From idea to process to completion: the latest exhibition in the storefront window of the Meyer Library, curated by Hannah Novillo Erickson, a graduate student in the Curatorial Practice program and the library’s new Assistant Curator for 2015/2016, follows the work of a team of six students at California College of the Arts as they created a new mural on the Martinez Hall mural wall this summer, which addresses the arts and cultural diversity at CCA. A section of the pounce pattern and other materials and inspirations used in the creation of the 2015 mural are on view, while just inside the library various pieces from CCA’s archive encourage viewers to explore the rich history of the Martinez Experimental Wall.
CCAC’s first mural was created in 1971 and for the past 44 years a changing array of visions have graced the Martinez Hall mural wall. Inside the library items from the CCA/C archives, curated by Jennine Scarboro, tell the story of the history of the mural at CCA/C, highlighting not just the murals …
Shaghayegh Cyrous, a visual artist from Tehran, Iran initiated the Lost Art Project upon moving to the San Francisco Bay Area in 2012. Feeling lost after moving halfway across the globe, she began the project as a way to build connections and allow others to reflect on their own identity by engaging with the persian rug, a symbol of her own identity. Cyrous grew up knowing the importance of the persian rug to her community- a symbol of beauty and art, a useful object in the home, and an heirloom passed down for generations, she felt her connection to the rug grow more important to her practice. After 3 years, the Lost Art Project has now generated over 5,000 images and travelled to over 20 countries and territories including Tunisia, Palestine, Norway, and Indonesia.
For this exhibition Shaghayegh Cyrous painted a phone booth located just outside the California College of the Arts Meyer Library, encasing it in patterns and symbols she has often painted on her rugs. In the storefront display case, a rug frame…
Weatherlore is a process of divination and exchange between human culture and environment, through which we attempt to predict the weather, and to decipher meaning from it in turn. Abstraction is another means of reciprocal exchange through which signs, symbols and materials conjure meaning and metaphor. My work captures the sightlines, spatial relationships, and color conjunctions where the land meets the sea. Through paper, cotton, and paint, I translate experiences of atmosphere and seascape into their most essential, distilled expression, creating formal objects that are embedded with fragments and traces of memory, as if sunwashed by time.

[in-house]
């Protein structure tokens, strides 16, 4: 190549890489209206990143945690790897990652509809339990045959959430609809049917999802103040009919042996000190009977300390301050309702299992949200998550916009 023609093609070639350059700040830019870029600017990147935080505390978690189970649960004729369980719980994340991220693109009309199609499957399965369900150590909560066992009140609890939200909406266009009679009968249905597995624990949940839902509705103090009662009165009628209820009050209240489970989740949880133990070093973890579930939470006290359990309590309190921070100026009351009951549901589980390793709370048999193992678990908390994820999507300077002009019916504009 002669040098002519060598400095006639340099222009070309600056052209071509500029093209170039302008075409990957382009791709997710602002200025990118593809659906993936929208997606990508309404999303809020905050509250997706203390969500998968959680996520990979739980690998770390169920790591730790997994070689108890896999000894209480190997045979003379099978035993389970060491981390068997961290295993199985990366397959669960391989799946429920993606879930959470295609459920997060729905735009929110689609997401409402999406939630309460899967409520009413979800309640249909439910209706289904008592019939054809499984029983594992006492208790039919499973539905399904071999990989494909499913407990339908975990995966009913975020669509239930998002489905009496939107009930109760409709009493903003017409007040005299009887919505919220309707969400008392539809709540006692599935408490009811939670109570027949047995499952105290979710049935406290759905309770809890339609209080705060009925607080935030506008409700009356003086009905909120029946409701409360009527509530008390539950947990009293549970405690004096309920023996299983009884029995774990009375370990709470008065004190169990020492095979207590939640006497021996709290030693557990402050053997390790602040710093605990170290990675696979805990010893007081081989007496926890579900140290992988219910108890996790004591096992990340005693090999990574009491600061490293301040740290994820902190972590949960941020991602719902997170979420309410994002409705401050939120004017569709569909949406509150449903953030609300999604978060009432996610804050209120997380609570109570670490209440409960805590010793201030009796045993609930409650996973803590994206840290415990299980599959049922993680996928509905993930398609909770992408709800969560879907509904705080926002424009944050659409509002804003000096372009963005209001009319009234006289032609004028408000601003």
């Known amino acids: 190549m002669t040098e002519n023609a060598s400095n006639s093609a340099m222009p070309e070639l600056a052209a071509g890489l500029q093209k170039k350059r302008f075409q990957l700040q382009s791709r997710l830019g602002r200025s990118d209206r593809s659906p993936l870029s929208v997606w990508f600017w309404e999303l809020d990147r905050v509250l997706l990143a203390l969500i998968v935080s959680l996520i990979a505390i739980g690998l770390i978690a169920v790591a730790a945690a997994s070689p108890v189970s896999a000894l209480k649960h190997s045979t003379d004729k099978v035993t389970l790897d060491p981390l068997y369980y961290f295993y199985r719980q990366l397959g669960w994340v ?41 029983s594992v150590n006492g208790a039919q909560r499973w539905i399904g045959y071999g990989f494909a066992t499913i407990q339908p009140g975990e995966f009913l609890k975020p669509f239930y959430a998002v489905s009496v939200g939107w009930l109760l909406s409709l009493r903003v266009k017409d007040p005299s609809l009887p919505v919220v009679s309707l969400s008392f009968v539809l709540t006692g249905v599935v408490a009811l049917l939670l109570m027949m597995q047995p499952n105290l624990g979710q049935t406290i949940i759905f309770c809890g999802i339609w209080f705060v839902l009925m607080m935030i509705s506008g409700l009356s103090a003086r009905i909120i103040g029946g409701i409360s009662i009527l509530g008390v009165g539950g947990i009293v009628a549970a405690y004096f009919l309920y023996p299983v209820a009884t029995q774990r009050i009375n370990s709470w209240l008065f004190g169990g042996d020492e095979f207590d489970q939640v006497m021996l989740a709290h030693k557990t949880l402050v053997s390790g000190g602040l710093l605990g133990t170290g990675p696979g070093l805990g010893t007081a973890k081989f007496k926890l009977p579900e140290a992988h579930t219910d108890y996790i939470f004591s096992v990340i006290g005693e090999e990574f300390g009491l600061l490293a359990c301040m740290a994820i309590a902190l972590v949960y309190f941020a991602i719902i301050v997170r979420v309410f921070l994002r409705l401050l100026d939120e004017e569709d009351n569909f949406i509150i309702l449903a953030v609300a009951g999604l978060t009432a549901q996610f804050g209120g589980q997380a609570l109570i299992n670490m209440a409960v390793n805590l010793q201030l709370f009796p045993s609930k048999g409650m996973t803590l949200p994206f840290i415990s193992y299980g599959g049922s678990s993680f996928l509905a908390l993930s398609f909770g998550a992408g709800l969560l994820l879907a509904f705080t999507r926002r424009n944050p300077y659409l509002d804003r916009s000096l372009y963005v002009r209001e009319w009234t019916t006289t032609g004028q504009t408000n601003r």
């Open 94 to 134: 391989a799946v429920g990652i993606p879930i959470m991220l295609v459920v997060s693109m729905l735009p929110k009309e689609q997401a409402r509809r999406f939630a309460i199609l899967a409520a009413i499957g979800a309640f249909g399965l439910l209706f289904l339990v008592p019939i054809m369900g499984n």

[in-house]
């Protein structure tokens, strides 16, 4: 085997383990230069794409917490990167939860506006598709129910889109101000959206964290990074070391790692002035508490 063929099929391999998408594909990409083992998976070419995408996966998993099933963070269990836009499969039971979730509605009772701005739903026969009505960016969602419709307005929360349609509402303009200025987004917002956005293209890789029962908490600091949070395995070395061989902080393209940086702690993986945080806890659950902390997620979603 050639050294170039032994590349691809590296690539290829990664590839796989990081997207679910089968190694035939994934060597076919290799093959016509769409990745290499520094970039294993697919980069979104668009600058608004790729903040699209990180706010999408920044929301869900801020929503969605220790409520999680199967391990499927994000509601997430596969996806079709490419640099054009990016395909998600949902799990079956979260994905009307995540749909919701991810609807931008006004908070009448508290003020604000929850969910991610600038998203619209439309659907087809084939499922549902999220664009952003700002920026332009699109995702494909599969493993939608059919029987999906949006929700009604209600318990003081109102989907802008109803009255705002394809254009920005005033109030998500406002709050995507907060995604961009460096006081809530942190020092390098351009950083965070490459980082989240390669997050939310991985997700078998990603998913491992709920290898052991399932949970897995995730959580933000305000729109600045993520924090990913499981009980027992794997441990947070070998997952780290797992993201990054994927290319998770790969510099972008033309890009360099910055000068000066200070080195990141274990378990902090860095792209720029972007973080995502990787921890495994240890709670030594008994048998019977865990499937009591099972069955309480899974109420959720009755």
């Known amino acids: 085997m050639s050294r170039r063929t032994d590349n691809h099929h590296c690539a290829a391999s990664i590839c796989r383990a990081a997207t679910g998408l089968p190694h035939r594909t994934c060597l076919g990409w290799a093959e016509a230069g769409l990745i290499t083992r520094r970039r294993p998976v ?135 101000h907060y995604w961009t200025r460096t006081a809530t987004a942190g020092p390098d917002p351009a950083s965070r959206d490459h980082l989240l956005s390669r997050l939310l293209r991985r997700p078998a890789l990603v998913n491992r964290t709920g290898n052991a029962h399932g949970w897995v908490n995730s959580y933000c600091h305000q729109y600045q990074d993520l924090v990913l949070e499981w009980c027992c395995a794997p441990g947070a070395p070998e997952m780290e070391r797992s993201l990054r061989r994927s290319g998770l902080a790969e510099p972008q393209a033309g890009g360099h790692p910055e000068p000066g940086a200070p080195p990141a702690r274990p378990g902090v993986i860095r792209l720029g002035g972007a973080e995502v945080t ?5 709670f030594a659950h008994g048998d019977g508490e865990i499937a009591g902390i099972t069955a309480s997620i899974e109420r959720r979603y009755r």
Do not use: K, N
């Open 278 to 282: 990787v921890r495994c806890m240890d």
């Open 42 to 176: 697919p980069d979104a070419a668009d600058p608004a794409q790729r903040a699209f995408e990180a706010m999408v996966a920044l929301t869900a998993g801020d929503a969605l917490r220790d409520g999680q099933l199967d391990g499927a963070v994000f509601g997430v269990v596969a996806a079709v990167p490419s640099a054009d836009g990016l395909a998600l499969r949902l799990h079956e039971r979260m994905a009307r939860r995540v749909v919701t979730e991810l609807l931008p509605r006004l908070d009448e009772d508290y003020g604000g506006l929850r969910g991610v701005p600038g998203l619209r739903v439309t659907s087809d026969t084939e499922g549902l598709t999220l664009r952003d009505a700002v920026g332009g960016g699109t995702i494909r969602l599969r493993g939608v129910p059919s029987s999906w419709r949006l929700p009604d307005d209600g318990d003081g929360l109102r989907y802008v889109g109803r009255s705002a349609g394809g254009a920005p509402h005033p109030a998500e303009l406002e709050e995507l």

On July 25th, 1912 United States world chess champion (1909 – 1936), Frank James Marshall, sacrificed his Queen (Q to G3), beating out opponent, Stefan Levitsky, in what is considered one of the most brilliant twists of game fate in recorded chess history. This move, now canonized in chess terminology as a “swindle,” is the achievement of a win or a draw from a distinctly losing position.
Shotgun Shells and Pinecones presented at the Meyer Oakland Library brings together the aesthetics of chance and gender. Curated vitrines offer a selection of books, photographs, and texts from the library archive in addition to found artifacts, images, and books from a family archive. Presented in conjunction with Angela Berry’s CCA MFA Thesis exhibition on view at the Perry Family Gallery until April 2nd, Shotgun Shells and Pinecones, is a playful counter-point to Berry’s thesis body of work Rough Weather Makes Good Timber, which looks at different processes of resilience in the ancient forest habitat of the Blue Ridge M…
The Woodworking Shop (Studio 5 / Facilities Building) showing the side of the building which faces Shaklee in 2018, a clapboard faced "Crafts Building/B Building", and Clifton Street at the end of the dirt road..
The Woodworking Shop (Studio 5 / Facilities Building) with men at work leveling the ground in preparation for building Crafts/B Building, looking toward Clifton Street. Frederick Meyer at lower left.
View of the Woodworking Shop (Studio 5 / Facilities Building) soon after its completion, taken from where B Building stands in 2018, looking toward Clifton Street
View of the Woodworking Shop (Studio 5 / Facilities Building) during its construction, by Frederick Meyer and students, taken from where B Building stands in 2018, looking toward Clifton Street
Back view of Founders Hall in June 1968, soon after completion
Model of the CCAC campus